New money for schools to buy one-off “little extras” is instead being used by some to help pay off deficits, new research has found.
Chancellor Philip Hammond provoked anger and derision when he used the phrase to describe the additional £400 million of funding allocated in last October’s Budget.
He said the funding – an average of £10,000 for primary schools and £50,000 for secondaries – could be used for items such as whiteboards or laptops.
Now, a survey of 930 schools for the British Educational Suppliers Association (Besa) has shown that less than half (42 per cent) are allocating the money to specific areas of capital spending.
It found that a quarter (25 per cent) are saving the money or using it to reduce their deficit, while 16 per cent said it would end up as part of general funding.
17 per cent of the schools said they were undecided.
Patrick Hayes, director of Besa, told Tes that most of the money for “little extras” was “absolutely not” being spent on what the chancellor had intended.
“It’s very clear that school budgets are already massively over-stretched and schools are, unfortunately, spending in a way that’s unsustainable and drawing upon reserves,” he said.
“This capital expenditure that they have given schools, unfortunately, is being used in order to keep schools financially sustainable for another year, rather than in the way that it is intended.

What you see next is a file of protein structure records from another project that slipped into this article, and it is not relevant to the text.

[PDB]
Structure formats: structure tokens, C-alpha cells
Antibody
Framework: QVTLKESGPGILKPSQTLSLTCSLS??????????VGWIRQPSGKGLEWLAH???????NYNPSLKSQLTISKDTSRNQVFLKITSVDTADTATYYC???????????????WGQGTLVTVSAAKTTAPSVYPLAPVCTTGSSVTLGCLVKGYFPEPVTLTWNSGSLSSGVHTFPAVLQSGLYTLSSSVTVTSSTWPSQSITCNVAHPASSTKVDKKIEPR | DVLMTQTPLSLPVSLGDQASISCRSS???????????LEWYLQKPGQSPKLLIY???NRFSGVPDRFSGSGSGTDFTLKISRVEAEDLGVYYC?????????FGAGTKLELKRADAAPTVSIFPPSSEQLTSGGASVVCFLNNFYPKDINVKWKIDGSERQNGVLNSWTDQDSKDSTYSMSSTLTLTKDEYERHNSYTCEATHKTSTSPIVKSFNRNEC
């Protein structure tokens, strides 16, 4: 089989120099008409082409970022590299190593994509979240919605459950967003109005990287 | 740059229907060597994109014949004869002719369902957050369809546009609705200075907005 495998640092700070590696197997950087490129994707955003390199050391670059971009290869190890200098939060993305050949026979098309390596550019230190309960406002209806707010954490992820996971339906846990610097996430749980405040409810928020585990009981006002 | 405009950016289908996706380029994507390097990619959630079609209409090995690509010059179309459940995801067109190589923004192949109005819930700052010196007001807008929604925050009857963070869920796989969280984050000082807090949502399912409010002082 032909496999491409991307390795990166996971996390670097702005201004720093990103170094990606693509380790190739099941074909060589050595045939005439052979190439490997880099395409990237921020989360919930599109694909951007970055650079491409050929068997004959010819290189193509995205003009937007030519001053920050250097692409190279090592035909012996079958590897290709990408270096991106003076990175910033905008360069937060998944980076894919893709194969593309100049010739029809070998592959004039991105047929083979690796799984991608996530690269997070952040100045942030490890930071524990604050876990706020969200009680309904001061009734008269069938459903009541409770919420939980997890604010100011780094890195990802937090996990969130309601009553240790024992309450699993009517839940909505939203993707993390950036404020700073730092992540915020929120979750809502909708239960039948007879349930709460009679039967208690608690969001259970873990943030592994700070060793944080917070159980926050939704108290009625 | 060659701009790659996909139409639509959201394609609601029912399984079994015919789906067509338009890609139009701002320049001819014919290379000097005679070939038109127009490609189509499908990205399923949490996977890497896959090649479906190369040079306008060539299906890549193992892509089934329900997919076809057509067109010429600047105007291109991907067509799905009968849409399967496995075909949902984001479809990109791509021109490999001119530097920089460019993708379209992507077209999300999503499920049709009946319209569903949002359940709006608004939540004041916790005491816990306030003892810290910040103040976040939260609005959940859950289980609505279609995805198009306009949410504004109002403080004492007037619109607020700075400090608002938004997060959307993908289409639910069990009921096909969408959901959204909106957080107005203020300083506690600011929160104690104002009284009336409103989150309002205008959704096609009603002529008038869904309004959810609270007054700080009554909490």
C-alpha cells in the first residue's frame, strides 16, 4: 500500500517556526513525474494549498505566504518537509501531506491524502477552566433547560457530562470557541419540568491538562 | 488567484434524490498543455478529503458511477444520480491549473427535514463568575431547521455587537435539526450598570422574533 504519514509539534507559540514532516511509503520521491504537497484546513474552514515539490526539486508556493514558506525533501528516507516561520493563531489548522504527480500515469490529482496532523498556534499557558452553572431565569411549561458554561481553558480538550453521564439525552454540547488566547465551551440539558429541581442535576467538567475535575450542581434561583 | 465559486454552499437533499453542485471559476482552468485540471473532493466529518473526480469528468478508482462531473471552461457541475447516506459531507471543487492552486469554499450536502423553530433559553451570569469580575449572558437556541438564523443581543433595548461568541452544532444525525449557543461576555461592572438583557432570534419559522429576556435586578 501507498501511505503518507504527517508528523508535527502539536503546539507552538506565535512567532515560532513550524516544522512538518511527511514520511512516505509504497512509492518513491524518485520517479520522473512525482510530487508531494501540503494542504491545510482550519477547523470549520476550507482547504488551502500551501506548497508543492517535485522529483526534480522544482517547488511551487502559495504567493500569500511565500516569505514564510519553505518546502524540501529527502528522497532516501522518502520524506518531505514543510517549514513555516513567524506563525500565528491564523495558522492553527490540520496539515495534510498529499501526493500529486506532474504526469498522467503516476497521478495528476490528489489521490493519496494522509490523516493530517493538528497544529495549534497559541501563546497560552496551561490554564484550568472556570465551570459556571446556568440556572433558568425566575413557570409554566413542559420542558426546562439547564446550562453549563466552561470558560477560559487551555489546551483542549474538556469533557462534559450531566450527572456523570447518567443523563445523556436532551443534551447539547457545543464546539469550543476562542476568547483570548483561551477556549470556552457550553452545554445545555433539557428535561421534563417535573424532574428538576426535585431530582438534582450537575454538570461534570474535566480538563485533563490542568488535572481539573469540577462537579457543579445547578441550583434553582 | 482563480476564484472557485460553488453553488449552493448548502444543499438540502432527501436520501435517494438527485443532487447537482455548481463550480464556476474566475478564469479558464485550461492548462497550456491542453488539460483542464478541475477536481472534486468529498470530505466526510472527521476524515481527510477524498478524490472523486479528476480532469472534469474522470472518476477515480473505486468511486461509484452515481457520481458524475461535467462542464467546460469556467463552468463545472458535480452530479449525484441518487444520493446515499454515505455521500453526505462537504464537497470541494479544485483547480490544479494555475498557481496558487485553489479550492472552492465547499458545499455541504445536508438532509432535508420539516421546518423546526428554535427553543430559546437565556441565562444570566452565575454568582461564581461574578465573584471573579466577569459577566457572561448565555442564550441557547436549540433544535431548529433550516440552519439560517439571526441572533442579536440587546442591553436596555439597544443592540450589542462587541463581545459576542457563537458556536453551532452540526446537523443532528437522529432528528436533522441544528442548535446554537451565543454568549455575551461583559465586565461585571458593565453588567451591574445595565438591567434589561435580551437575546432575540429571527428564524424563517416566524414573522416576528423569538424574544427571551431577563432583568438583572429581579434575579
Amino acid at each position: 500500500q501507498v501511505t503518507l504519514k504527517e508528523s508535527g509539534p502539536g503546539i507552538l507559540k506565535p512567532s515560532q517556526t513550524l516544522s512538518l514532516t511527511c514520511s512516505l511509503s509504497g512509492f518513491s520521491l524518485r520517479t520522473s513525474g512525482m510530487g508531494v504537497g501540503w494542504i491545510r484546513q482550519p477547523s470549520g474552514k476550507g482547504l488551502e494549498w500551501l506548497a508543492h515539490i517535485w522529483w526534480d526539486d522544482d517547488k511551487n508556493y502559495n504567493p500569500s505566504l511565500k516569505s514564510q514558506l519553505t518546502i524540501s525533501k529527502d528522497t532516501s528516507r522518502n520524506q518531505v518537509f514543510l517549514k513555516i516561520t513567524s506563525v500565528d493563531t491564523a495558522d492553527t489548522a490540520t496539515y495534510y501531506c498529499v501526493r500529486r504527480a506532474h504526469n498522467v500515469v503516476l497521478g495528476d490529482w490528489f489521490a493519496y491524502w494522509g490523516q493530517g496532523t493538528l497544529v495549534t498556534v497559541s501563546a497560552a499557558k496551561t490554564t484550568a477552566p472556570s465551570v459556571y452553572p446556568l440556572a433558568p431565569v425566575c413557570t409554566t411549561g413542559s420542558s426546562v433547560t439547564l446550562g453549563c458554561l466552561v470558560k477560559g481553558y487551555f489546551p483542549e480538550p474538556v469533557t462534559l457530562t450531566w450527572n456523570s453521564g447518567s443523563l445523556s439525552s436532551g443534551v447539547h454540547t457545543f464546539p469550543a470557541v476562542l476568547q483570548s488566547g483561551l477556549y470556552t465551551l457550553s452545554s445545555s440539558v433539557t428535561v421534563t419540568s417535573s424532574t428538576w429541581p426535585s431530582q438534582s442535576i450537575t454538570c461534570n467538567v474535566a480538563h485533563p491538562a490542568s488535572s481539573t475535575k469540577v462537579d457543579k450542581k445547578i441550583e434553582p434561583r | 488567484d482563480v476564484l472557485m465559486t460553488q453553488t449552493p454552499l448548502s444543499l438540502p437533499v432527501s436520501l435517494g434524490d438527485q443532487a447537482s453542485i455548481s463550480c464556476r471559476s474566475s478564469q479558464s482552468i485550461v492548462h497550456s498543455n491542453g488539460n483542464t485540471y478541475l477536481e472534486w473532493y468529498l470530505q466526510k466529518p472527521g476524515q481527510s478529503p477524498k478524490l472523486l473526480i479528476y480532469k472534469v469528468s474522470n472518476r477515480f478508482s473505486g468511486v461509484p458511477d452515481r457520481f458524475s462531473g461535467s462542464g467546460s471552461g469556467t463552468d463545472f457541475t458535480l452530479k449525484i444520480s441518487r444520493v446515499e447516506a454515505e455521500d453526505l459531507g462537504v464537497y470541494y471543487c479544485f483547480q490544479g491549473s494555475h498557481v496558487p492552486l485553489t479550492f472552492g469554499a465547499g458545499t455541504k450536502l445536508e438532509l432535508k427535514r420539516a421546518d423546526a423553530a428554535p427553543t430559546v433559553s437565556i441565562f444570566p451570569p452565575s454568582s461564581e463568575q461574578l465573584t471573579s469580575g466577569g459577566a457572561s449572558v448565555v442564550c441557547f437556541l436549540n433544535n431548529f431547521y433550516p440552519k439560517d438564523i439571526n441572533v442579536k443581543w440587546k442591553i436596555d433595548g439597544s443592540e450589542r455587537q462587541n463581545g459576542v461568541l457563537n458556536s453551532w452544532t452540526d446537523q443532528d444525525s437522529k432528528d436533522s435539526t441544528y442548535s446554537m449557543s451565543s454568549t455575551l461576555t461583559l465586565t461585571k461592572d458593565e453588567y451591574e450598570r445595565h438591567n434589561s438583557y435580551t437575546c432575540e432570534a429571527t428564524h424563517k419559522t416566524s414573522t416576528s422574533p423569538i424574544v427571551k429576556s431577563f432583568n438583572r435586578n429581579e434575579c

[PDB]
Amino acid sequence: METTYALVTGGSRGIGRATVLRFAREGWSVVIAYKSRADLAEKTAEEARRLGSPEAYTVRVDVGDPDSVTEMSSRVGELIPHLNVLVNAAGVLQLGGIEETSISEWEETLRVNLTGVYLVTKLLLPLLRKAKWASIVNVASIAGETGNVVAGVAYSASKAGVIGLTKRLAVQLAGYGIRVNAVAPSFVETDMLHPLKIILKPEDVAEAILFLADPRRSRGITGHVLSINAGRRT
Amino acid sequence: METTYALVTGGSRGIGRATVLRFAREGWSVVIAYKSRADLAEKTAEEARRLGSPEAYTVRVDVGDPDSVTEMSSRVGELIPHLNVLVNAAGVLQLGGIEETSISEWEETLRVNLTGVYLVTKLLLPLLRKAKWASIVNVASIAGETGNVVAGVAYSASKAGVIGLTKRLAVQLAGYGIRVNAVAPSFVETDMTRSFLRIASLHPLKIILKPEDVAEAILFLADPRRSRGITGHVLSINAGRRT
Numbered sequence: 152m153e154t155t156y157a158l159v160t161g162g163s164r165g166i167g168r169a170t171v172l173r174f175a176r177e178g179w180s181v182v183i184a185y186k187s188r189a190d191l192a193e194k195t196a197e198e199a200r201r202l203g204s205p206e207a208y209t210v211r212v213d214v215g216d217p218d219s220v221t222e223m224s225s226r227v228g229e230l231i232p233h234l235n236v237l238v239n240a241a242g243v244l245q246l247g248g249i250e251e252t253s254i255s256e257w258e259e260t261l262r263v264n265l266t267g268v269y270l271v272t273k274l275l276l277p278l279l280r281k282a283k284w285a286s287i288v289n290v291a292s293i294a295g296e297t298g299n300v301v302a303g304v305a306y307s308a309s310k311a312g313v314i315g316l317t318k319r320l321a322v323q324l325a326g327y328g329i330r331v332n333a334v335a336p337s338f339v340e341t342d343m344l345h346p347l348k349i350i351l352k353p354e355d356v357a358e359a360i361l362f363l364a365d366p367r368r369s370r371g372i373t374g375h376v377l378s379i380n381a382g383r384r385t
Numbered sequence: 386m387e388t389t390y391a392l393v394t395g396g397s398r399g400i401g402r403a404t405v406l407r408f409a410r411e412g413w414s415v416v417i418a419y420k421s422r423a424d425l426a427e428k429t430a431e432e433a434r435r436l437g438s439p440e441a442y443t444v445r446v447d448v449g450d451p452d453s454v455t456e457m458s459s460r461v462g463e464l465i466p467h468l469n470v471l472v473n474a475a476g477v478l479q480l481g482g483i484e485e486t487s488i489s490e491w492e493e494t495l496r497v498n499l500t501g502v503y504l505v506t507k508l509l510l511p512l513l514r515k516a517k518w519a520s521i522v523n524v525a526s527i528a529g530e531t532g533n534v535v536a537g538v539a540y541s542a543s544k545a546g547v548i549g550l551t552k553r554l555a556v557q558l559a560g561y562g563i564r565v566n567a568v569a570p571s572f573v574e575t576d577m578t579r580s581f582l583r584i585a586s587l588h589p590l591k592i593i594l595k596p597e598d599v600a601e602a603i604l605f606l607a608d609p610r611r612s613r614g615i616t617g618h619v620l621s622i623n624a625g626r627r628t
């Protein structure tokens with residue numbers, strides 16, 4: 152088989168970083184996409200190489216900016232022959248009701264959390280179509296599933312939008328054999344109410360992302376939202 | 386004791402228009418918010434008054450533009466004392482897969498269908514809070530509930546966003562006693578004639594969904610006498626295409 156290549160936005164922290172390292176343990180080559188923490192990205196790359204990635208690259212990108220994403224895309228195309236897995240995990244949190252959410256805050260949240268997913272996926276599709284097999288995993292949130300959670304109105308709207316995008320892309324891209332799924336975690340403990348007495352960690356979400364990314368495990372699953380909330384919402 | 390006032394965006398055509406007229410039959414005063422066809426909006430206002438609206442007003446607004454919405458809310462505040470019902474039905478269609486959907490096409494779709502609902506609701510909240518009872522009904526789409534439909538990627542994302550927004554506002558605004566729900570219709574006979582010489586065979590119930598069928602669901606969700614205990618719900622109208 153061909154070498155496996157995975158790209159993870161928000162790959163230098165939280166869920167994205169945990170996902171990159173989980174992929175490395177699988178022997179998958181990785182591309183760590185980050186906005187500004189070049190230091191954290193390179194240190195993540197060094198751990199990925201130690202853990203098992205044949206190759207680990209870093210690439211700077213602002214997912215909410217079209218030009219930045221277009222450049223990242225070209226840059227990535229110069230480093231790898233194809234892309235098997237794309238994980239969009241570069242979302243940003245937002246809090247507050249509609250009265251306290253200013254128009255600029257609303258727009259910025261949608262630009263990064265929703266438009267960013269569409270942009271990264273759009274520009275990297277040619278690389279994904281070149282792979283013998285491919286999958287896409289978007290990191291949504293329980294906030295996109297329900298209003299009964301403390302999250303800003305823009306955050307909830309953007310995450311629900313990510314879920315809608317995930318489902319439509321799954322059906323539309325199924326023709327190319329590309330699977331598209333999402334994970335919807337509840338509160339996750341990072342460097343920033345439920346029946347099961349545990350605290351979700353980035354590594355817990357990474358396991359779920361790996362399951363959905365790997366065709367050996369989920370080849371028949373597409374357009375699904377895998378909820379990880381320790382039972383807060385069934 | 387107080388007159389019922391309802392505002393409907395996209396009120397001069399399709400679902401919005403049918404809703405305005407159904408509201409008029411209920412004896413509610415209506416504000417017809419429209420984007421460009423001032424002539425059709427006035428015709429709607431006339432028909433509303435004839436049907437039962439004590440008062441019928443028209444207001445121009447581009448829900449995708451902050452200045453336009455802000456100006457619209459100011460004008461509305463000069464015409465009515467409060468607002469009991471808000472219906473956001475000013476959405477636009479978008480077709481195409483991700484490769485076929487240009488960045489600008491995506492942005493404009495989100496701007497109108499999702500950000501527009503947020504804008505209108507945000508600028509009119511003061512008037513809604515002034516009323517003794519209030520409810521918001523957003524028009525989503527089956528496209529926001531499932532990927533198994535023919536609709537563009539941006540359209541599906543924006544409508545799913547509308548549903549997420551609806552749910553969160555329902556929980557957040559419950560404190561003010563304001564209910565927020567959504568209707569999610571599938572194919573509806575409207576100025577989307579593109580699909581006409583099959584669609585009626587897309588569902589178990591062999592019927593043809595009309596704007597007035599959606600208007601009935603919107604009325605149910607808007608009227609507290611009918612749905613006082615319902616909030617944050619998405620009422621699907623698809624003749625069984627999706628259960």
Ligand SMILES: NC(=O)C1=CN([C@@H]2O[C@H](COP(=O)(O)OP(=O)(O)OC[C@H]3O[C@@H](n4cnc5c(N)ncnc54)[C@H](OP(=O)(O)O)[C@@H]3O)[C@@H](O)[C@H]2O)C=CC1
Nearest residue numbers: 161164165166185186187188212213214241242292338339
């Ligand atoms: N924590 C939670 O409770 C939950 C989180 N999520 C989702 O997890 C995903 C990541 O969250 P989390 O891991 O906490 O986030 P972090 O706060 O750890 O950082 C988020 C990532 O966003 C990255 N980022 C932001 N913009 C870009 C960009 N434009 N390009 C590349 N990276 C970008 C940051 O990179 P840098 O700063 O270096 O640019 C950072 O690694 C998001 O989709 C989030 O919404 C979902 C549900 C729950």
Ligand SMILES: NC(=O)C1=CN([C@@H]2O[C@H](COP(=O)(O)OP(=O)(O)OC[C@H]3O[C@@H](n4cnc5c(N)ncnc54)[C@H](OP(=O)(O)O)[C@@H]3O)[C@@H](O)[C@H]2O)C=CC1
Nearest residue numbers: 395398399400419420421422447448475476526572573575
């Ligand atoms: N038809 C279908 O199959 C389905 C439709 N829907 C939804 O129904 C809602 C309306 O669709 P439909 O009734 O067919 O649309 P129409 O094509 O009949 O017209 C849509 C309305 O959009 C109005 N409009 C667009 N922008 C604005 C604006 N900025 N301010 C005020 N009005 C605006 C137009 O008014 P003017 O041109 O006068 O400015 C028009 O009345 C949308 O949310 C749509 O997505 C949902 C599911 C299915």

“It goes to show that even when money is made available for a specific thing, which is educational equipment in this instance, actually schools are unable to do that just because they are facing such a turbulent time when it comes to their own finances that they have to basically disobey government instructions on this and put this money to one side just in order to keep afloat.”
A DfE spokesperson said: “The report findings are misleading as we have not yet published our final official allocations and we do not recognise the level of additional funding for schools used in the analysis.
“The £400 million additional funding is for schools to spend on small capital projects to meet their own priorities, such as improving buildings or facilities.
“While there is more money going into our schools than ever before, we recognise the budgeting challenges schools face and that we are asking them to do more.
"We have put an additional £1.3 billion into core schools funding over and above plans set out at the last spending review.”